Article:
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HIV/AIDS IN NIGER Niger Sero prevalence study Financing: 80% World Bank loan (Sante II) and 20% CARE Study: The study was managed and implemented by 2 CARE/Niger staff members, 4 consultants7, and 2 CERMES staff members (Centre de Recherche medicale et Sanitaire).8 Time Frame: June – July 2002, by eight 5-person teams Survey Protocol: The survey population was all people between the ages of 15 – 49 years of age. Data was disagregated by rural vs urban population, and male vs female population. In addition, general information regarding age, education level, marital status, occupation and surgical history was collected. They used a cluster sampling protocol based on 9000 clusters from the May 2001 census, in 120 subsamples divided between rural (4000 HH) and urban (2000 HH) zones, 20 HH (50 adults) per sampled cluster. For each cluster selected, a list of households was established, and the households sampled were divided into men and women between the ages of 15 – 49 (50% of each were surveyed). Quality control of samples was done in a double blind test by Centre Pasteur du Cameroun and the Institut Pasteur de Bangui9. Positive and inconclusive results were subjected to three additional tests to confirm results. Overall Results: 6140 participants10 were randomly sampled throughout the country11. 98.9% of those randomly selected agreed to participate12. The team used a simple questionnaire and took blood samples from each participant; 6056 blood samples were ultimately used (threw out bad samples or incomplete surveys), 68 were HIV positive (0.87%). A 0.87% sero-prevalence rate corresponds to a total number of 22,134 to 57,735 (based on an estimated population of 10.5 million people, with the given confidence interval) people between the ages of 15 – 49 years of age. Because of the very small number of HIV positive cases, it is very difficult to establish any patterns or relationships between HIV positive status and other factors. Number Rural Urban Men Women Total 4037 2019 2994 3063 6056 HIV + 26 42 29 39 6813 Percentage 0.64 2.08 CI (conf. Interval) .35 - .94% 1.19 – 2.96%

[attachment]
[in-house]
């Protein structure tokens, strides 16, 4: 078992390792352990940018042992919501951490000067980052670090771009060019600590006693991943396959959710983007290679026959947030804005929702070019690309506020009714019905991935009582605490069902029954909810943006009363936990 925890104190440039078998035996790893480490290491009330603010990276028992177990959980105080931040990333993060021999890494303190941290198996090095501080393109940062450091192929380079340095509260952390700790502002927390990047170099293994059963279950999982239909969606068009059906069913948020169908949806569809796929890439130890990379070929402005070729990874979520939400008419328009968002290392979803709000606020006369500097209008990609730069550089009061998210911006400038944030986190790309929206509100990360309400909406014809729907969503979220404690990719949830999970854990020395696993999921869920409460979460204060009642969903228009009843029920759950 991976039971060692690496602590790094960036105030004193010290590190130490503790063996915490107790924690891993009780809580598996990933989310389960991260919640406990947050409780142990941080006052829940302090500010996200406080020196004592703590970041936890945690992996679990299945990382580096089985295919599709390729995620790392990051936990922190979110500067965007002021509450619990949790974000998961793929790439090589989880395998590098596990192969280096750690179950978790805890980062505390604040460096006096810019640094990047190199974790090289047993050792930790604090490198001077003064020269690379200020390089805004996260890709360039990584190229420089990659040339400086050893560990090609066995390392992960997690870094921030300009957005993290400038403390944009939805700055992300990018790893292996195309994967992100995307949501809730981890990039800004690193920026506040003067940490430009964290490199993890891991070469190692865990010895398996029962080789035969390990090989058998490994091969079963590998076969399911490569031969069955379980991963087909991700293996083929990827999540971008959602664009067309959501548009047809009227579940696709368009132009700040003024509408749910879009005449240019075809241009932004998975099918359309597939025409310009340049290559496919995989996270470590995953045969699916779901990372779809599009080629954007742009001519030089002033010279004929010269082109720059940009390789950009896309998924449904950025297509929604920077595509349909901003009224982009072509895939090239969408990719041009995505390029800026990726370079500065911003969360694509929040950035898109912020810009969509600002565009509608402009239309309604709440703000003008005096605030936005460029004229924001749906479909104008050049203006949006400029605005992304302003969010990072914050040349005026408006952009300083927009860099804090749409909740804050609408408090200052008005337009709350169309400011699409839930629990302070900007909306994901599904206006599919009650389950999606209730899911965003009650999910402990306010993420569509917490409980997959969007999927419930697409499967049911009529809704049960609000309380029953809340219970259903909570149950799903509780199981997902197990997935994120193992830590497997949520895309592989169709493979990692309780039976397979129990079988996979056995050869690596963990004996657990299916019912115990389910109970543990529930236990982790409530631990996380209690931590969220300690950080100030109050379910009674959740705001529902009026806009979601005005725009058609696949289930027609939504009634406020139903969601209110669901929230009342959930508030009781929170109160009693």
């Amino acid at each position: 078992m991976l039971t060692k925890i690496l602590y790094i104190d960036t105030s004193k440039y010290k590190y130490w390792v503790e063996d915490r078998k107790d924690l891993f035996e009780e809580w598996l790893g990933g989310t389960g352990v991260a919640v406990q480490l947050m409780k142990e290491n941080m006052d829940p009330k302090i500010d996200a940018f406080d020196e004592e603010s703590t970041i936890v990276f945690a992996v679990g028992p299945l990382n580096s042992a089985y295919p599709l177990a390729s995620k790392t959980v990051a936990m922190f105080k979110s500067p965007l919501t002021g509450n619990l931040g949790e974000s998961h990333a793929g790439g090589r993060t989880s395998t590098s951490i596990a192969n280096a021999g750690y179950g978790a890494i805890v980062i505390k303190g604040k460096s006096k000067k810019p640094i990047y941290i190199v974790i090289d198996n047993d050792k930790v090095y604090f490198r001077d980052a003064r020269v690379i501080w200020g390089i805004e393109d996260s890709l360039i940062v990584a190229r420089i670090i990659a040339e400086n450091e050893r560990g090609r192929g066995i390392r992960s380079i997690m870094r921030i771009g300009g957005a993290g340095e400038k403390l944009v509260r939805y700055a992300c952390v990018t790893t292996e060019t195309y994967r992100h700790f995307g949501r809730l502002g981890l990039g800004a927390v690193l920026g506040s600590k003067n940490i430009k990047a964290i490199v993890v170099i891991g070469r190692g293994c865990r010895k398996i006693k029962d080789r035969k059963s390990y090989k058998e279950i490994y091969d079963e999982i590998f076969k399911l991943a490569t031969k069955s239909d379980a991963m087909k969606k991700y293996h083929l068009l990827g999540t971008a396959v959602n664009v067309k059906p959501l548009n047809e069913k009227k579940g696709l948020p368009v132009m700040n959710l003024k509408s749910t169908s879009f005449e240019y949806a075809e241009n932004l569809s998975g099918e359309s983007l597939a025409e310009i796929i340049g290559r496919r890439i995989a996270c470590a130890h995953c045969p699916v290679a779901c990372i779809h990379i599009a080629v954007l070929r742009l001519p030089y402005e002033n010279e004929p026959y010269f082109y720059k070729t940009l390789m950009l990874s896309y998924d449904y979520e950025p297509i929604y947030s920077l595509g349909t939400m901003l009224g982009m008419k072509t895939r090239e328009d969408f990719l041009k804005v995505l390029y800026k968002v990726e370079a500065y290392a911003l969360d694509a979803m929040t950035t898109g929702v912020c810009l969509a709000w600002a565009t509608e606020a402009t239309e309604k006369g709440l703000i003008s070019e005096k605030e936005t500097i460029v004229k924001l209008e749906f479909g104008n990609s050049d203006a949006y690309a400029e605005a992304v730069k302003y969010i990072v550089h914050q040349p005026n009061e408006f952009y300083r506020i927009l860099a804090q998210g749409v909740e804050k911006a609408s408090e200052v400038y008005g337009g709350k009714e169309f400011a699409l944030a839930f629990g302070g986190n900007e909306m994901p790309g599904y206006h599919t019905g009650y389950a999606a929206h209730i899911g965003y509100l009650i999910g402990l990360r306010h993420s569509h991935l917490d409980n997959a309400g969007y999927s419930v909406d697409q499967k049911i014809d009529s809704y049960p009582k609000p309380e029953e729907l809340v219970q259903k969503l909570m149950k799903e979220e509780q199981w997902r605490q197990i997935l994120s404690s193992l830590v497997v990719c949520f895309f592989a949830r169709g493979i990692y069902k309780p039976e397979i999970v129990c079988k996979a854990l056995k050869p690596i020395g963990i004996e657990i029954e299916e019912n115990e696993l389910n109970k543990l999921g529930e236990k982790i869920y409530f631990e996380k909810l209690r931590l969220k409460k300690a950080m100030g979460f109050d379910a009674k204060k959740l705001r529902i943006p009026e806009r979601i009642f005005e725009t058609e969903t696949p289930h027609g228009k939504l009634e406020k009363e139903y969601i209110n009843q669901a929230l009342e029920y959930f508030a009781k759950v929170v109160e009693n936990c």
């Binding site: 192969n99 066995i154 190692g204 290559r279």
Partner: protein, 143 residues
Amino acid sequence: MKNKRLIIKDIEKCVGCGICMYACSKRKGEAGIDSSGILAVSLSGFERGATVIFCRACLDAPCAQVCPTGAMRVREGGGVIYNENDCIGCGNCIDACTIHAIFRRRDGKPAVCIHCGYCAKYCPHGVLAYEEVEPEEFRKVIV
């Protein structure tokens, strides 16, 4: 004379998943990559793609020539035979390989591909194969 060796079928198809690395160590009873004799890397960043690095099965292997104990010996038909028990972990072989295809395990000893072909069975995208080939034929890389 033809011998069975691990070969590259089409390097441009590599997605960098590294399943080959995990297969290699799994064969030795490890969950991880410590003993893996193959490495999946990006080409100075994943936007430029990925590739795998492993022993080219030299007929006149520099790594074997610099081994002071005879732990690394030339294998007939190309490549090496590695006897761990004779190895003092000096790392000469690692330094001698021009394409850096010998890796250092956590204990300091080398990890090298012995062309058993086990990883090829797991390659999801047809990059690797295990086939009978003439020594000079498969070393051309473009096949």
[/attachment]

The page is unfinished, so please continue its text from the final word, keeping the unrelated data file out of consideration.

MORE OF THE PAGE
0.87